Is Lexicography making progress? on dictionary use and language learners' needs

  • M Abecassis


This article sets out to explore the ways native speakers as well as foreign language learners use dictionaries and the strategies dictionary users adopt in the language acquisition process. The basis for this article is a corpus of six books (in chronological order Atkins (Ed.) 1998, Nesi 2000, Tono 2001, Humblé 2001, Sin-wai (Ed.) 2004 and Thumb 2004) that look at both the usage of bilingual, monolingual and bilingualised dictionaries and the users' behaviour in the con-sultation process. Both the bilingual and monolingual dictionaries seem to be used independently, depending on whether the user wants to utilise them for comprehension, translation or production with regard to a foreign language. As pointed out in the literature on lexicography, some of these dictionaries, though they have undergone many changes over the years, still have serious limita-tions as learning tools, but the user's performance is also under investigation in empirical research, with the aim of optimising dictionary effectiveness as well as developing the language learner's skills. Keywords: lexicography, monolingual, bilingual, bilingualised, dic-tionaries, language acquisition, dictionary user, look-up strategies, think-aloud, translation, corpus, skills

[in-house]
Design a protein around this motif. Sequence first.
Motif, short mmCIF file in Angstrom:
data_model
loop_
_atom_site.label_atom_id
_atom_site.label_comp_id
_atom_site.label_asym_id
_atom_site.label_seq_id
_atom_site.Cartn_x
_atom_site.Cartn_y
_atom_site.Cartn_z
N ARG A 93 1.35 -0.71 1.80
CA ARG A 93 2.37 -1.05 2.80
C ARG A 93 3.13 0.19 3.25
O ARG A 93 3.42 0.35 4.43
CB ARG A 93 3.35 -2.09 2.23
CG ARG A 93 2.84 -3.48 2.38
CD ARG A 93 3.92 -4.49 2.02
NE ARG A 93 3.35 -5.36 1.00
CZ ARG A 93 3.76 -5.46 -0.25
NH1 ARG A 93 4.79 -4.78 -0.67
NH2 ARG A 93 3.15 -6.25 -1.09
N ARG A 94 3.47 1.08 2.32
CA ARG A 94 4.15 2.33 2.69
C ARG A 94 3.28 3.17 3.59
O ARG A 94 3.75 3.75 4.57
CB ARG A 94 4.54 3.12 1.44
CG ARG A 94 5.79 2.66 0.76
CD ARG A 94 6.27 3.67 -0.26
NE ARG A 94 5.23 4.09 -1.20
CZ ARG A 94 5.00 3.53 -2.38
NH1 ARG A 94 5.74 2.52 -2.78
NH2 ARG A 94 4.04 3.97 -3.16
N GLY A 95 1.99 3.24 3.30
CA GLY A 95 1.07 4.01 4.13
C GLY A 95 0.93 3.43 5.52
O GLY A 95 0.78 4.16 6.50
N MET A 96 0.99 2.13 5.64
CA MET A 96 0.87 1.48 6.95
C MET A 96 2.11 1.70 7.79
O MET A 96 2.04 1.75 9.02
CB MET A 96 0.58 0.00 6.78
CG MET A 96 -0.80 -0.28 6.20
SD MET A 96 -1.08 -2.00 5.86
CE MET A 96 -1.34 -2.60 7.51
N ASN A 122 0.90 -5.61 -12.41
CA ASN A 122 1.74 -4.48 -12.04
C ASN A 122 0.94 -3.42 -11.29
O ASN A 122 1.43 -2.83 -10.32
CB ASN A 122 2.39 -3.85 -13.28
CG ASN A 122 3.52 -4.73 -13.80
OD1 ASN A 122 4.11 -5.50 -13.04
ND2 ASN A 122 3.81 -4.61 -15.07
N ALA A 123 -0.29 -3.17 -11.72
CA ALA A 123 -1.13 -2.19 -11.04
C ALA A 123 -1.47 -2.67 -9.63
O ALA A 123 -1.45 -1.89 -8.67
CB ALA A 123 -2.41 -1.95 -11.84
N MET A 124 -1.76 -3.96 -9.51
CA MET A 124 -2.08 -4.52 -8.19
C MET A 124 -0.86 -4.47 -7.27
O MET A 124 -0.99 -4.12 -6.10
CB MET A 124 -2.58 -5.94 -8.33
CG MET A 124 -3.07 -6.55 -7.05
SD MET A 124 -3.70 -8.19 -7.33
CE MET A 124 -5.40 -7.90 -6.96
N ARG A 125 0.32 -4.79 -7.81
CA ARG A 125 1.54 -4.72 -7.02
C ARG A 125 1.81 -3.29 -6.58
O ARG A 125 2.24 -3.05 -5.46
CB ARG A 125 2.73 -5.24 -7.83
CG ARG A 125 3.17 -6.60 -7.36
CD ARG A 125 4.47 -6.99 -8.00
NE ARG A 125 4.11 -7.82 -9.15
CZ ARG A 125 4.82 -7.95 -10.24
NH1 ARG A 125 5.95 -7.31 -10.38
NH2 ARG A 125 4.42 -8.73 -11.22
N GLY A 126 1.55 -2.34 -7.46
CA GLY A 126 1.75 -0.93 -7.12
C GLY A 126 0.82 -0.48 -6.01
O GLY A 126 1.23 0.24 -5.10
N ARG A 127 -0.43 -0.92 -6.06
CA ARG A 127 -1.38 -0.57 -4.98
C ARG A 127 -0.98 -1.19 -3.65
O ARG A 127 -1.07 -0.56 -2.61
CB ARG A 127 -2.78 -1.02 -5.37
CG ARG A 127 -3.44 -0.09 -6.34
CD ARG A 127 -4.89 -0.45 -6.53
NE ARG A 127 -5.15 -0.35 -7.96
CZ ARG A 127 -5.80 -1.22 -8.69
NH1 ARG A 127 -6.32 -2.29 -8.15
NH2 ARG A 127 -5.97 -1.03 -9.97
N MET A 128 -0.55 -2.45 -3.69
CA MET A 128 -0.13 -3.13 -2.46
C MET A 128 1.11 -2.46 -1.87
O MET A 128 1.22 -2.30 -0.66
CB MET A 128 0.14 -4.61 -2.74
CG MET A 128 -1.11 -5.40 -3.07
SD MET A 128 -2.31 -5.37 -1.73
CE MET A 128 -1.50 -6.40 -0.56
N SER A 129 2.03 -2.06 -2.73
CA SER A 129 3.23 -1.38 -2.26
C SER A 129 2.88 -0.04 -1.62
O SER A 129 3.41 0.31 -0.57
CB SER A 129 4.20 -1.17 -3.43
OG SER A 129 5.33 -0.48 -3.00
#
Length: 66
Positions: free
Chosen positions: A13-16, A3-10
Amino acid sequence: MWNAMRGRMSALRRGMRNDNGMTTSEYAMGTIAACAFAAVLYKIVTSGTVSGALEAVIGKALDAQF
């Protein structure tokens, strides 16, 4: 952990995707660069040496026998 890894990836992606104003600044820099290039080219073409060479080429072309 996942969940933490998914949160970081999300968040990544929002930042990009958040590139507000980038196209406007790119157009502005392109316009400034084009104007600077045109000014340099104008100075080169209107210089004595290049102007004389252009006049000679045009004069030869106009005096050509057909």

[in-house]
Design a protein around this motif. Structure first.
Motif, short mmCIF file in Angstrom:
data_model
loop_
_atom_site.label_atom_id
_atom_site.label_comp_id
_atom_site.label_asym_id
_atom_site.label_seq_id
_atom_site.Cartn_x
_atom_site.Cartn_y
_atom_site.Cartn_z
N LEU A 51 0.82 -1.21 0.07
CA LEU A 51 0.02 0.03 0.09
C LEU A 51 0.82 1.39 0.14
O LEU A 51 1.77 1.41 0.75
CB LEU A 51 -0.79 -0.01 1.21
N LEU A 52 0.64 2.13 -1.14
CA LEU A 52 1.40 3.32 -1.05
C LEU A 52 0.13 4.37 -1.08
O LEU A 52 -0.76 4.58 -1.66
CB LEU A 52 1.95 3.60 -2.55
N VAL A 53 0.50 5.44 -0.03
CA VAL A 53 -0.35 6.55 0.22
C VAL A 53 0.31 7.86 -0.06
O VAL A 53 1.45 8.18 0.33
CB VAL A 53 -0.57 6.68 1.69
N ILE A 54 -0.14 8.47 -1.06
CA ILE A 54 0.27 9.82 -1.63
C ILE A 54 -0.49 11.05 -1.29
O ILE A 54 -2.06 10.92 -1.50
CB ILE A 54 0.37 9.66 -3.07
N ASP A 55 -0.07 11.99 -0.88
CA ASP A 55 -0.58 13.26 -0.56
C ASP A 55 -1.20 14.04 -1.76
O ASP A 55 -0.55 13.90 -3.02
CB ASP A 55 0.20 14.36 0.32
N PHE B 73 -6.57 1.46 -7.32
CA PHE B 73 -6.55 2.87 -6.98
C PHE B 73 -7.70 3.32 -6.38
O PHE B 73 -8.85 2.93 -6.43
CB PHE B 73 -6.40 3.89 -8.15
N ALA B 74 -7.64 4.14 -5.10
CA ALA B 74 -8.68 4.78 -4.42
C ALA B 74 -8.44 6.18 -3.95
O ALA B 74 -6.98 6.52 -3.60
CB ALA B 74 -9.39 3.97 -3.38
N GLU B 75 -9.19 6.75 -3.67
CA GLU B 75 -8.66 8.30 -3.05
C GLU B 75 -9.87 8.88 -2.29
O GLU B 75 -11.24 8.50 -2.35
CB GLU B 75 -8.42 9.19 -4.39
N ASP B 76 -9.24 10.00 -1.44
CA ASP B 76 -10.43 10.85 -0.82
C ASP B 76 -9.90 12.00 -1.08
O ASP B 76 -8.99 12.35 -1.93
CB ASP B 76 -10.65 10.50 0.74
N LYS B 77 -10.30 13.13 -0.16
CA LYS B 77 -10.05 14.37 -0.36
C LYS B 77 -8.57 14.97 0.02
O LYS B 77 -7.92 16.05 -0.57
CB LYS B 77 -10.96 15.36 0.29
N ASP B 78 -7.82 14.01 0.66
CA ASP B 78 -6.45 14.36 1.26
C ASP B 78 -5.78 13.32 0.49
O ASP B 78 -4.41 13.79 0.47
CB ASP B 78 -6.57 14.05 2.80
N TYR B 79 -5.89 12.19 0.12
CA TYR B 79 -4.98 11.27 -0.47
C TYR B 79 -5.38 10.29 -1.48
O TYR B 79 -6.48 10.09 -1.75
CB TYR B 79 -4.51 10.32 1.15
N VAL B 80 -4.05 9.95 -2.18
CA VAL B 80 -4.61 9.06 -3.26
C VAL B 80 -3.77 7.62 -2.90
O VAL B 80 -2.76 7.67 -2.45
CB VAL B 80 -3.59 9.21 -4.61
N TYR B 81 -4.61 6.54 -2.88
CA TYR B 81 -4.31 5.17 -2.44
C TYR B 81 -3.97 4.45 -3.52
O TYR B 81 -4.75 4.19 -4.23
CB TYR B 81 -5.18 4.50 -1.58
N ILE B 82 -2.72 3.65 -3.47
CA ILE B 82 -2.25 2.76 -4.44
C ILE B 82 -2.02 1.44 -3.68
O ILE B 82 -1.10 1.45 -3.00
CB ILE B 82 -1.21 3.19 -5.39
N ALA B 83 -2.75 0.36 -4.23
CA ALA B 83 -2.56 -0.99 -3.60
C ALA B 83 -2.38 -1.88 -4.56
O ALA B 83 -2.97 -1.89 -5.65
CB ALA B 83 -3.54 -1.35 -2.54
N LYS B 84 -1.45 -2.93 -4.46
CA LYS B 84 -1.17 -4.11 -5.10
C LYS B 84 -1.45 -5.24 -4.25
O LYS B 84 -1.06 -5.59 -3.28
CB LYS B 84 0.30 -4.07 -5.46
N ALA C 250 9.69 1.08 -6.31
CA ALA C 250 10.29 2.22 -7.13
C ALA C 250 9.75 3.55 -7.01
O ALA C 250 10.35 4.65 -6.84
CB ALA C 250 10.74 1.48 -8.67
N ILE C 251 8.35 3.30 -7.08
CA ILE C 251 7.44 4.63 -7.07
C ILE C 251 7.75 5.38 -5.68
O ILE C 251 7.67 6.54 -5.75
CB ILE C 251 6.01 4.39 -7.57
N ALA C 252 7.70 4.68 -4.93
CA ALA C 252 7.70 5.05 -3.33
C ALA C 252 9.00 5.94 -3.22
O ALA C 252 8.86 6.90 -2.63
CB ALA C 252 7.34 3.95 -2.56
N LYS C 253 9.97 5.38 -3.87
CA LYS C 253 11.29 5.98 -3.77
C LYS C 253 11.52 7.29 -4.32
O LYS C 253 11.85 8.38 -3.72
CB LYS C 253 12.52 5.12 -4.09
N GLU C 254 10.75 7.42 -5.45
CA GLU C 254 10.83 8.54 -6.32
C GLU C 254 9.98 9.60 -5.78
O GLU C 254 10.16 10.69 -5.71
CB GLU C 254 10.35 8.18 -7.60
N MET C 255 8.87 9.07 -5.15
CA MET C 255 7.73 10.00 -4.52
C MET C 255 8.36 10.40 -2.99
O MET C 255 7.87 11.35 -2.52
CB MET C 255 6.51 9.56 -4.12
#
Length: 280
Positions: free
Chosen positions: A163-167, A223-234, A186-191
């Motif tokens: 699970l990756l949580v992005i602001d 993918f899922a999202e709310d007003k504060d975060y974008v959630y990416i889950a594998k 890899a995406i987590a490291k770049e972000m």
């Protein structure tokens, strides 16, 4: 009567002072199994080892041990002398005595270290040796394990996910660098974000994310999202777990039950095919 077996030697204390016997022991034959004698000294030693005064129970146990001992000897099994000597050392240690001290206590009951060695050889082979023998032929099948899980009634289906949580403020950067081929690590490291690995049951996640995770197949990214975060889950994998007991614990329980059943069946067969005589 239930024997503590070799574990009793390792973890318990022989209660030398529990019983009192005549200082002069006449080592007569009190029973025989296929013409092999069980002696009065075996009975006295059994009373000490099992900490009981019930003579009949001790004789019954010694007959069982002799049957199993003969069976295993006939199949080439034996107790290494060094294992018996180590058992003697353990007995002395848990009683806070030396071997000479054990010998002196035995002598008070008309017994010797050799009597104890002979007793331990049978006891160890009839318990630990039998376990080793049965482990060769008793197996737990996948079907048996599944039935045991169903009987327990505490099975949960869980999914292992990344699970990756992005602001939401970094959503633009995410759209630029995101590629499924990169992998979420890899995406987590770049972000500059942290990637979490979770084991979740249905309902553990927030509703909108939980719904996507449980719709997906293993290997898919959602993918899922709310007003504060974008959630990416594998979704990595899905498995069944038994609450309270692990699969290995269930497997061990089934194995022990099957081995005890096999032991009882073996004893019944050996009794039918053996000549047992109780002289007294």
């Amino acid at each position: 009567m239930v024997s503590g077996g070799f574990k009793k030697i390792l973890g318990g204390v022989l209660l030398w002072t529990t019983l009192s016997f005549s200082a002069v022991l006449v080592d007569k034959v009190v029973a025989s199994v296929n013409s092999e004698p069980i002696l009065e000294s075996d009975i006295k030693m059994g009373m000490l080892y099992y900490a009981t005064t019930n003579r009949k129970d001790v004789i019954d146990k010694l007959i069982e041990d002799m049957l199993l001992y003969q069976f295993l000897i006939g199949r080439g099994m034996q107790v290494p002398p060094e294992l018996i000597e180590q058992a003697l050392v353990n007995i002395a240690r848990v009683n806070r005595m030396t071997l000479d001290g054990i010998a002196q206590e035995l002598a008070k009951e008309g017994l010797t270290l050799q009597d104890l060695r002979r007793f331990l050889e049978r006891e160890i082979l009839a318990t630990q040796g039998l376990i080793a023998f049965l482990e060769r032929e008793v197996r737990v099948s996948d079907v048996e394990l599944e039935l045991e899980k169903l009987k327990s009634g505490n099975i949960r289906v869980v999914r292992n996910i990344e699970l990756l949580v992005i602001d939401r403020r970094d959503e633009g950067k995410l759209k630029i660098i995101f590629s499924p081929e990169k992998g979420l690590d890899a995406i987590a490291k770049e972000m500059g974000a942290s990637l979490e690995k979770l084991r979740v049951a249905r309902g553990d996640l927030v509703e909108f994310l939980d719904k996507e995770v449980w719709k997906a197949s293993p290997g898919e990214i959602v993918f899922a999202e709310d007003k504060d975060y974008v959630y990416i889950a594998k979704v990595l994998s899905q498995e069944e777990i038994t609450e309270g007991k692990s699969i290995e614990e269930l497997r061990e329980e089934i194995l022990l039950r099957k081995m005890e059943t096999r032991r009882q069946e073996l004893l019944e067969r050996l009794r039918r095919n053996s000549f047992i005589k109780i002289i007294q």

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eISSN: 2224-0039
print ISSN: 1684-4904